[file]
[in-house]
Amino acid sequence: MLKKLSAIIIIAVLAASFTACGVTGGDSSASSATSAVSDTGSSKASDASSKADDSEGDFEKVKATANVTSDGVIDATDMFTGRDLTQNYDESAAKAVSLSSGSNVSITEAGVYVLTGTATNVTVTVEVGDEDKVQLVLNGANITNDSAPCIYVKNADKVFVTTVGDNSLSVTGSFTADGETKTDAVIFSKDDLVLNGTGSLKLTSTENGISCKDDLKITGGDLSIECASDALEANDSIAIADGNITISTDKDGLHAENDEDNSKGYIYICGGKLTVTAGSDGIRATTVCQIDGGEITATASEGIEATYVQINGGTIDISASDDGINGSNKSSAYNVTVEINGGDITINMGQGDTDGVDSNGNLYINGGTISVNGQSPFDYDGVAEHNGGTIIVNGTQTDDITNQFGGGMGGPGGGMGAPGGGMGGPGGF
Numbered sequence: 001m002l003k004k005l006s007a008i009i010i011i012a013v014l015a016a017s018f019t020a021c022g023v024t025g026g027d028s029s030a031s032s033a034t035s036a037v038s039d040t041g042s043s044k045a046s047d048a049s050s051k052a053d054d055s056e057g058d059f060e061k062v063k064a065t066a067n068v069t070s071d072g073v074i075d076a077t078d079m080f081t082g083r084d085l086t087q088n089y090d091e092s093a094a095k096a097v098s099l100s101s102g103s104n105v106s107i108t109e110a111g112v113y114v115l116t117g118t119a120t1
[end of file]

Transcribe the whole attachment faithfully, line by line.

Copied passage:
[in-house]
Amino acid sequence: MLKKLSAIIIIAVLAASFTACGVTGGDSSASSATSAVSDTGSSKASDASSKADDSEGDFEKVKATANVTSDGVIDATDMFTGRDLTQNYDESAAKAVSLSSGSNVSITEAGVYVLTGTATNVTVTVEVGDEDKVQLVLNGANITNDSAPCIYVKNADKVFVTTVGDNSLSVTGSFTADGETKTDAVIFSKDDLVLNGTGSLKLTSTENGISCKDDLKITGGDLSIECASDALEANDSIAIADGNITISTDKDGLHAENDEDNSKGYIYICGGKLTVTAGSDGIRATTVCQIDGGEITATASEGIEATYVQINGGTIDISASDDGINGSNKSSAYNVTVEINGGDITINMGQGDTDGVDSNGNLYINGGTISVNGQSPFDYDGVAEHNGGTIIVNGTQTDDITNQFGGGMGGPGGGMGAPGGGMGGPGGF
Numbered sequence: 001m002l003k004k005l006s007a008i009i010i011i012a013v014l015a016a017s018f019t020a021c022g023v024t025g026g027d028s029s030a031s032s033a034t035s036a037v038s039d040t041g042s043s044k045a046s047d048a049s050s051k052a053d054d055s056e057g058d059f060e061k062v063k064a065t066a067n068v069t070s071d072g073v074i075d076a077t078d079m080f081t082g083r084d085l086t087q088n089y090d091e092s093a094a095k096a097v098s099l100s101s102g103s104n105v106s107i108t109e110a111g112v113y114v115l116t117g118t119a120t1